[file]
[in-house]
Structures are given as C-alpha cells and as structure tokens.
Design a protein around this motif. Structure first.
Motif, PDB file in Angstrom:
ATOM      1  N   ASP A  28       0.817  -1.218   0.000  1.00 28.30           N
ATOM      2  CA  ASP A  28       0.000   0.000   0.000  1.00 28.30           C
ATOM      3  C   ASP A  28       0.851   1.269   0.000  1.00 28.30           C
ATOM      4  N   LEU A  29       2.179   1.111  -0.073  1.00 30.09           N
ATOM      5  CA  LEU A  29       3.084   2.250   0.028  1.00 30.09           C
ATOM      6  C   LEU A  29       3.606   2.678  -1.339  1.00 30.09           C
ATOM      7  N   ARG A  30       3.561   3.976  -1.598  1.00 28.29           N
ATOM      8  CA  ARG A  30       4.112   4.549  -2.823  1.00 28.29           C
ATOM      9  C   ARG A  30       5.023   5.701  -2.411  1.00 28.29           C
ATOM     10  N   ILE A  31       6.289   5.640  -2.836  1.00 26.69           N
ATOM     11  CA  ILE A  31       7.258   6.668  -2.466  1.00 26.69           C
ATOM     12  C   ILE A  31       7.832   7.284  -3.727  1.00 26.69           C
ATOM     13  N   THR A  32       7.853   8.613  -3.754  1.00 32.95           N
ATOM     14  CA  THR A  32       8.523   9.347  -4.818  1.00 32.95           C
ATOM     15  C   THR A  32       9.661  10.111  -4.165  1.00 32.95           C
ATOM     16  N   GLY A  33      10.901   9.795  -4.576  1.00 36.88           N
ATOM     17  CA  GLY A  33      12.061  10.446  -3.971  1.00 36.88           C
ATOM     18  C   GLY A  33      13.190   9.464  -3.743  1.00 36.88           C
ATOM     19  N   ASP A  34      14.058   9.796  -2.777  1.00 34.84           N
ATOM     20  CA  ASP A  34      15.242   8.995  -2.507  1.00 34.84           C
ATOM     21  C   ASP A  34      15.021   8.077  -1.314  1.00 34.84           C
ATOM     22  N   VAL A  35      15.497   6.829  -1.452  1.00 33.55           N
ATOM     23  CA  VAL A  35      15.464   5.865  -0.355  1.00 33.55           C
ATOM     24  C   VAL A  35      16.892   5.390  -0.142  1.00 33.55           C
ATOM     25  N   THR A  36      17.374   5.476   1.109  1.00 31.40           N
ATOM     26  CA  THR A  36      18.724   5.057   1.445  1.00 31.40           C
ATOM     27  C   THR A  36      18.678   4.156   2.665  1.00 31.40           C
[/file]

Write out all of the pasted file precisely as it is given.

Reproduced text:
[in-house]
Structures are given as C-alpha cells and as structure tokens.
Design a protein around this motif. Structure first.
Motif, PDB file in Angstrom:
ATOM      1  N   ASP A  28       0.817  -1.218   0.000  1.00 28.30           N
ATOM      2  CA  ASP A  28       0.000   0.000   0.000  1.00 28.30           C
ATOM      3  C   ASP A  28       0.851   1.269   0.000  1.00 28.30           C
ATOM      4  N   LEU A  29       2.179   1.111  -0.073  1.00 30.09           N
ATOM      5  CA  LEU A  29       3.084   2.250   0.028  1.00 30.09           C
ATOM      6  C   LEU A  29       3.606   2.678  -1.339  1.00 30.09           C
ATOM      7  N   ARG A  30       3.561   3.976  -1.598  1.00 28.29           N
ATOM      8  CA  ARG A  30       4.112   4.549  -2.823  1.00 28.29           C
ATOM      9  C   ARG A  30       5.023   5.701  -2.411  1.00 28.29           C
ATOM     10  N   ILE A  31       6.289   5.640  -2.836  1.00 26.69           N
ATOM     11  CA  ILE A  31       7.258   6.668  -2.466  1.00 26.69           C
ATOM     12  C   ILE A  31       7.832   7.284  -3.727  1.00 26.69           C
ATOM     13  N   THR A  32       7.853   8.613  -3.754  1.00 32.95           N
ATOM     14  CA  THR A  32       8.523   9.347  -4.818  1.00 32.95           C
ATOM     15  C   THR A  32       9.661  10.111  -4.165  1.00 32.95           C
ATOM     16  N   GLY A  33      10.901   9.795  -4.576  1.00 36.88           N
ATOM     17  CA  GLY A  33      12.061  10.446  -3.971  1.00 36.88           C
ATOM     18  C   GLY A  33      13.190   9.464  -3.743  1.00 36.88           C
ATOM     19  N   ASP A  34      14.058   9.796  -2.777  1.00 34.84           N
ATOM     20  CA  ASP A  34      15.242   8.995  -2.507  1.00 34.84           C
ATOM     21  C   ASP A  34      15.021   8.077  -1.314  1.00 34.84           C
ATOM     22  N   VAL A  35      15.497   6.829  -1.452  1.00 33.55           N
ATOM     23  CA  VAL A  35      15.464   5.865  -0.355  1.00 33.55           C
ATOM     24  C   VAL A  35      16.892   5.390  -0.142  1.00 33.55           C
ATOM     25  N   THR A  36      17.374   5.476   1.109  1.00 31.40           N
ATOM     26  CA  THR A  36      18.724   5.057   1.445  1.00 31.40           C
ATOM     27  C   THR A  36      18.678   4.156   2.665  1.00 31.40           C